Overall the usual trade-off is that for undemanding applications P-MOSFETs are selected for high-side operation as rdson is not going to be a big problem, losses are manageable and they require much simpler drive circuitry. For high-current applications N-channel devices are a better compromise as P-FETs with comparable rdson are either not available or extremely expensive making it reasonable to spend some extra money on the drive circuit.
Package selection and thermal management
Once you settle on the channel-type you can start looking at device datasheets. The goal is to arrive at is the maximum allowed rdson for the device. It will depend on the maximum average motor current and the available cooling. Because MOSFETs – when they’re on –can be basically though of as resistors, the dissipated heat on them is going to be:
P = rdson * Iavg2
Now, the average current used here is the average current through the FET, not necessarily through the motor, but in most applications it’s a good conservative approach to use the maximum allowed (average) motor current for this exercise. From this, the on-resistance for the FETs need to be:
rdson < Pmax/Imot_avg_max2
If you want to figure out how much power a FET can dissipate, you have to start by looking at its packaging. As a guideline, the bigger the package is, the more heat it can dissipate. Common packages include SO-8, D-PAQ and D2-PAQ for surface mount and TO-92, TO-220 and TO-3 for through-hole mounting. There are of course other exotic packages and new ones are introduced almost every day.
The main characteristics that you’re looking for is the ‘thermal resistance’ of the package, usually denoted as RΘ. The way to use it is this: the temperature difference between the two ‘things’ the thermal resistance is measured between will be ΔT = RΘ*P, where P is the dissipated power transferred between the two ‘things’.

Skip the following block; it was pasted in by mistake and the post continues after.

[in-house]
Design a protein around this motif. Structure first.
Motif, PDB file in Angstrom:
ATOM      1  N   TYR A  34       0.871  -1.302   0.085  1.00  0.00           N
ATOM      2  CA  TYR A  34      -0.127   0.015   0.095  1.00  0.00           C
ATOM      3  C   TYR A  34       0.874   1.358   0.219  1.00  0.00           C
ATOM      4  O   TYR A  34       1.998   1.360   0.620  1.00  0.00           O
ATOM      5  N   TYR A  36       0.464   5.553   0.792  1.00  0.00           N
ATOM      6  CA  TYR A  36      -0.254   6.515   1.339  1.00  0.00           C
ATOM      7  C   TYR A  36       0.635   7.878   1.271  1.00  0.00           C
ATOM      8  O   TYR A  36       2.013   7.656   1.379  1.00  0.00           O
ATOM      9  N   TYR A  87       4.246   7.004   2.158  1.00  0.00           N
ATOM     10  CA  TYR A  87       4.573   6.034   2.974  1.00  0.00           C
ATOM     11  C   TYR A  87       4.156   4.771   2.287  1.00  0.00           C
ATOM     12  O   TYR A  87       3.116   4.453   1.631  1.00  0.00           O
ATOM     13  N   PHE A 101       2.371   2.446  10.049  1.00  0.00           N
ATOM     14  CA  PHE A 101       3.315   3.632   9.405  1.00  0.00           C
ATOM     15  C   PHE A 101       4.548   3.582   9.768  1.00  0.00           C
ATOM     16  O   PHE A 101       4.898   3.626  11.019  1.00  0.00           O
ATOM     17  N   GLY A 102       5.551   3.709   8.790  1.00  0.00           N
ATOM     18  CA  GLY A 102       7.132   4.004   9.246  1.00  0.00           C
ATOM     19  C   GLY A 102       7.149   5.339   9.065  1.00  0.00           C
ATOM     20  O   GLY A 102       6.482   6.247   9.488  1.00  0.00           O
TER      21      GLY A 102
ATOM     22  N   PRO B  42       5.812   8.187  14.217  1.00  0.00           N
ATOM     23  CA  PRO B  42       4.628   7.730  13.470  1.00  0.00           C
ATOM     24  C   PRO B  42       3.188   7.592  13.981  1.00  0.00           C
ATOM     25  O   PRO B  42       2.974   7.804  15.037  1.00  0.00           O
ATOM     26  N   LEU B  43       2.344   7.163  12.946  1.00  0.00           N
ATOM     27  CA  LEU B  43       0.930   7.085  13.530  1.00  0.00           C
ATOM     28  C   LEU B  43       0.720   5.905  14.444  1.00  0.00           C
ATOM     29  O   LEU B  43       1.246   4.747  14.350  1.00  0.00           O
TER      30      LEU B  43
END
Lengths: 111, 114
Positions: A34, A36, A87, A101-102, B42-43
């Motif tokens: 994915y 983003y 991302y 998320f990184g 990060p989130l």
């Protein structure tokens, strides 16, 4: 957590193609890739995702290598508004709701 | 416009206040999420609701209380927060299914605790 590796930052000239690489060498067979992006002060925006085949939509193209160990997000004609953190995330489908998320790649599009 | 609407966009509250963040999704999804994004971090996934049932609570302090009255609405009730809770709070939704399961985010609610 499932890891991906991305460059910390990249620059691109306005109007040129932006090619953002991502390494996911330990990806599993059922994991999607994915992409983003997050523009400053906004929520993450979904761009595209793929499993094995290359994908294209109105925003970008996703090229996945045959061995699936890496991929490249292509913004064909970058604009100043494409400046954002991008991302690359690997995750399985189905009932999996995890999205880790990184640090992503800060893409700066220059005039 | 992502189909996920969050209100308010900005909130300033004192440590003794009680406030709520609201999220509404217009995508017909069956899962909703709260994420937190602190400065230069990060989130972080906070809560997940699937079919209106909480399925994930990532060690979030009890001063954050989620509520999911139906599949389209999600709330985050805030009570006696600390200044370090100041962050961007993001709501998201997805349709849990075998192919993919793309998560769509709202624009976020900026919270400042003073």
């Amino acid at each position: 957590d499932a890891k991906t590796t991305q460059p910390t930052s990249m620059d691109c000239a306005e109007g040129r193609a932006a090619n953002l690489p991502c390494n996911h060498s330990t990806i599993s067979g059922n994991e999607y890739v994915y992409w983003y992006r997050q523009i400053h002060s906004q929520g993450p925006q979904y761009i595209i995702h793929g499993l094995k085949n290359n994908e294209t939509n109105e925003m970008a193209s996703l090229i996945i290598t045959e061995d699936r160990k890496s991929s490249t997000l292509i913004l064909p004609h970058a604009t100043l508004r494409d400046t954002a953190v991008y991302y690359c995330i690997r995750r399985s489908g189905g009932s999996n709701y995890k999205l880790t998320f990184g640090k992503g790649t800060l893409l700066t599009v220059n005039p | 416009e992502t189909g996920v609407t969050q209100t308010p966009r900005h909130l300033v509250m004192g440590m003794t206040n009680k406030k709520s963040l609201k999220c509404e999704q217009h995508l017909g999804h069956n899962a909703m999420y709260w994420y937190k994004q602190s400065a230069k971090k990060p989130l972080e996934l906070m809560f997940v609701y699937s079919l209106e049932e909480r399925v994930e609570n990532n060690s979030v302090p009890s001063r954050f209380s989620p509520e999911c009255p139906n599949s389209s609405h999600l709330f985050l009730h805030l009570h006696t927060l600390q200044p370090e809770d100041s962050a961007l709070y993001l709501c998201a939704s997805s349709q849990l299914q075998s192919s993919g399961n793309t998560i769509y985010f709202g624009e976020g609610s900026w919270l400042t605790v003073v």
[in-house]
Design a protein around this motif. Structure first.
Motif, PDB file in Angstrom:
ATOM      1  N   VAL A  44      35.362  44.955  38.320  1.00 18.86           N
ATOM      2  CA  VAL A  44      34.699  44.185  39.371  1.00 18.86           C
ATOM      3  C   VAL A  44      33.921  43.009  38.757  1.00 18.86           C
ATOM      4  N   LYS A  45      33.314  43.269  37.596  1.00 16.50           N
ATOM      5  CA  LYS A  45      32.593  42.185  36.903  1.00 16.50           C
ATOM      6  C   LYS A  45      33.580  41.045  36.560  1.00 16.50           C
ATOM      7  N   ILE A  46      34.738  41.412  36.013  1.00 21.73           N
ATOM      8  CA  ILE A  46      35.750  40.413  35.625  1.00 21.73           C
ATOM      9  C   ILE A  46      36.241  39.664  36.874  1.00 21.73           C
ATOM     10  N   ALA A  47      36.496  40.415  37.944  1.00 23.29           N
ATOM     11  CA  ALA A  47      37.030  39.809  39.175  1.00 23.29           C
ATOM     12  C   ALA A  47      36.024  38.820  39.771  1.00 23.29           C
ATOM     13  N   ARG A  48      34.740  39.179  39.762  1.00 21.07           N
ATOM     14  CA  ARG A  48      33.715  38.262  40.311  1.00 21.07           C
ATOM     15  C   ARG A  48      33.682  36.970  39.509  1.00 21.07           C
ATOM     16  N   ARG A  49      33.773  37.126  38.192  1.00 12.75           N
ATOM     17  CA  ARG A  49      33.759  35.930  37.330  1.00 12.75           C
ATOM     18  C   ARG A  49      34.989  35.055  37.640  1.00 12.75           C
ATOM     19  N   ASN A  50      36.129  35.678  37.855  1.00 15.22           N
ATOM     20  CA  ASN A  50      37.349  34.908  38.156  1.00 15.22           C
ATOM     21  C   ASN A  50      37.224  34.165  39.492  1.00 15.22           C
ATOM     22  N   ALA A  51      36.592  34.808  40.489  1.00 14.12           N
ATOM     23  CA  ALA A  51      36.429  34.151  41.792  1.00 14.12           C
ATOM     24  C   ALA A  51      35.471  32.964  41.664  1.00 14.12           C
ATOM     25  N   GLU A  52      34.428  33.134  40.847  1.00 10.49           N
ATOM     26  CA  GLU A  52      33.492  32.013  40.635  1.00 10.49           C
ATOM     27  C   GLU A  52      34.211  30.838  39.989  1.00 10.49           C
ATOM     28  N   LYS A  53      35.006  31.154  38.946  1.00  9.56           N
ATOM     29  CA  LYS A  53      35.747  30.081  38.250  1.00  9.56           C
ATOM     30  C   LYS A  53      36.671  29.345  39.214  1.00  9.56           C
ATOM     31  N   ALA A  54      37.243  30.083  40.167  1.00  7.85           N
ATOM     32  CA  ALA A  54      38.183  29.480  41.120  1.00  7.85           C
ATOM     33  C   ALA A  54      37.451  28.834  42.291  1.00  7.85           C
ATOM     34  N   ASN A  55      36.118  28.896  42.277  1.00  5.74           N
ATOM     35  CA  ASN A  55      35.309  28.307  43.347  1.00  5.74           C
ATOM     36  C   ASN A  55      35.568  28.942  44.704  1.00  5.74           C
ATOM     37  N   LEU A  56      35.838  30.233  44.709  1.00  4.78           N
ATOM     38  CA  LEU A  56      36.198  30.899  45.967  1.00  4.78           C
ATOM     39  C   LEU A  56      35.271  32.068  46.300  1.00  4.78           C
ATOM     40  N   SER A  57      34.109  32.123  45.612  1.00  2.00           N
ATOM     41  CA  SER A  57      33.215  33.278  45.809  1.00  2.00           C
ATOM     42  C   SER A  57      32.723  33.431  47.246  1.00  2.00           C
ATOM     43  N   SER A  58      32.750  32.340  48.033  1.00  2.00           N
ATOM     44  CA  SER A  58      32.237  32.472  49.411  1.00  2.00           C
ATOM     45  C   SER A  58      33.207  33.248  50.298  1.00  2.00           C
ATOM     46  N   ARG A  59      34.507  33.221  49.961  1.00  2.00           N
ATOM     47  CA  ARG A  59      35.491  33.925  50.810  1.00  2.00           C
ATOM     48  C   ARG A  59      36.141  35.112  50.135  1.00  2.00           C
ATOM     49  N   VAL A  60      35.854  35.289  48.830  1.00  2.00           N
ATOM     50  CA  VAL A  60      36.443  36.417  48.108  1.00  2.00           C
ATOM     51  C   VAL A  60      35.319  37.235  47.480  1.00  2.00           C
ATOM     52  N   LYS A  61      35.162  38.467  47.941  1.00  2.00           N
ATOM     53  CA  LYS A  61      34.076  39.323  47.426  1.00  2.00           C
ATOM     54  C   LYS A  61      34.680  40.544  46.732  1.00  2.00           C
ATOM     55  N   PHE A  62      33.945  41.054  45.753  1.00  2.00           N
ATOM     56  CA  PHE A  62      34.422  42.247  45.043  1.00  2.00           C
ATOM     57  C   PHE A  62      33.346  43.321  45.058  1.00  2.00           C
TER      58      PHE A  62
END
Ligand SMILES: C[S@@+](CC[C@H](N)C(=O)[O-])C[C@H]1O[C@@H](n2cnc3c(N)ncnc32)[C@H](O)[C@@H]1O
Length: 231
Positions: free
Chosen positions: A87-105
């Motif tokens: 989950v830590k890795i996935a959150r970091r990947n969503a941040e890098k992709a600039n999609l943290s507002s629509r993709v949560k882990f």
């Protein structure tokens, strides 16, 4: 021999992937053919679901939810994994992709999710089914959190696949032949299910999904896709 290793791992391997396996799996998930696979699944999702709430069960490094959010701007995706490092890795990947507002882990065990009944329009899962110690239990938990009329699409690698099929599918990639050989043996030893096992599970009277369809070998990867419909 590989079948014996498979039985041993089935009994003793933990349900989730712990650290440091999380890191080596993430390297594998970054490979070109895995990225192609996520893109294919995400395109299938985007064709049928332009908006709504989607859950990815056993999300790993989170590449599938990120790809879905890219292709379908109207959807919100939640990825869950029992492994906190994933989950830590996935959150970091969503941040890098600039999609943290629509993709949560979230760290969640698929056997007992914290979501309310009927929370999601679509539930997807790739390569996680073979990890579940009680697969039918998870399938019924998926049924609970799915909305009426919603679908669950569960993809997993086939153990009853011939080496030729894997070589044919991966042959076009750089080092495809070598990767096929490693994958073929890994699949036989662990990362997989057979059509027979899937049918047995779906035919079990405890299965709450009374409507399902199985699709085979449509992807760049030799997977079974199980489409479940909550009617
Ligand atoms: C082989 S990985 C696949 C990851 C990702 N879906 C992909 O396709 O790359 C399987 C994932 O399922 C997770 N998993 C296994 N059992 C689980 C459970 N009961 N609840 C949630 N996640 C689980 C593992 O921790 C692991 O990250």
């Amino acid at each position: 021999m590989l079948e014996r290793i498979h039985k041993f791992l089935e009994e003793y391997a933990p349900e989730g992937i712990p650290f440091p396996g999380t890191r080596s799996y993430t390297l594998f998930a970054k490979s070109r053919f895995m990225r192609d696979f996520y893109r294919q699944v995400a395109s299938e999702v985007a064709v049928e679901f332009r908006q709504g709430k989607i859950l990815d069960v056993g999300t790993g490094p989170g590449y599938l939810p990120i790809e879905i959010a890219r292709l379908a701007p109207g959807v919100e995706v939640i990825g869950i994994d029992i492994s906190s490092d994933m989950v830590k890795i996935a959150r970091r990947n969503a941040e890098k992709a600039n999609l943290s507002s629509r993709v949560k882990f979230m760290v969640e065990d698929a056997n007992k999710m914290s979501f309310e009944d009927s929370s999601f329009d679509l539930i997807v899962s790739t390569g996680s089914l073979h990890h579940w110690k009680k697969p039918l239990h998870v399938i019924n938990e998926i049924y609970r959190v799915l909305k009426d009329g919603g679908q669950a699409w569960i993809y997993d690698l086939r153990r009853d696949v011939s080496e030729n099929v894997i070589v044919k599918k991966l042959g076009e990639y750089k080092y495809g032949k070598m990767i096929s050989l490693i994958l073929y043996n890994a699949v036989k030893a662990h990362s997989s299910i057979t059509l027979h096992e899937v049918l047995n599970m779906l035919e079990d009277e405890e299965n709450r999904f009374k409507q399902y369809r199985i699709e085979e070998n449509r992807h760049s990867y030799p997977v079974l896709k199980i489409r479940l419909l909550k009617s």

The datasheets also specify how hot the chip (or die) can become before it gets damaged.
The most valuable parameter consequently is the junction-to-ambient thermal resistance, that tells you how much hotter the chip is than the air that surrounds the package. There are some complications in determining that number as it depends on a lot of design-parameters so in many cases the datasheet will only contain another parameter, the junction-to-case thermal resistance. That tells you how much hotter the chip inside the package is than the outside of the case at a certain power dissipation but it leaves it up to you to figure out how hot the case can become.
When working with surface-mount packages, it is important to note that thermal characteristics are highly dependent on the actual PCB layout. Take the traditional SO-8 package as an example (one typical FET datasheet is here for the FDS8447) You’ll see that with just the minimum amount of copper on the board the package has ~125oC/W thermal resistance. With a 6.5cm2 (1in2) copper area, the same number is less then half of this, ~50oC/W. Let’s say now that the device itself can operate up to 150oC (this is called the maximum allowed junction temperature). If you can keep the surrounding temperature (called ambient temperature) below 50oC, you can can dissipate somewhere between 0.8W ((150-50)/125) and 2W ((150-50)/50) of power on the FET depending on your PCB layout.
Through-hole packages of course also perform very differently with or without heat-sinks. A TO-220 package for example has a ~60oC/W thermal resistance without a heat-sink (here’s a typical TO-220 packaged FET datasheet, the FDP55N06). With the same temperature limits as before, this device can dissipate 1.67W of power. With a heat-sink, like this: http://www.aavidthermalloy.com/products/standard/7023b-mtg you will easily be able to dissipate 9 watts.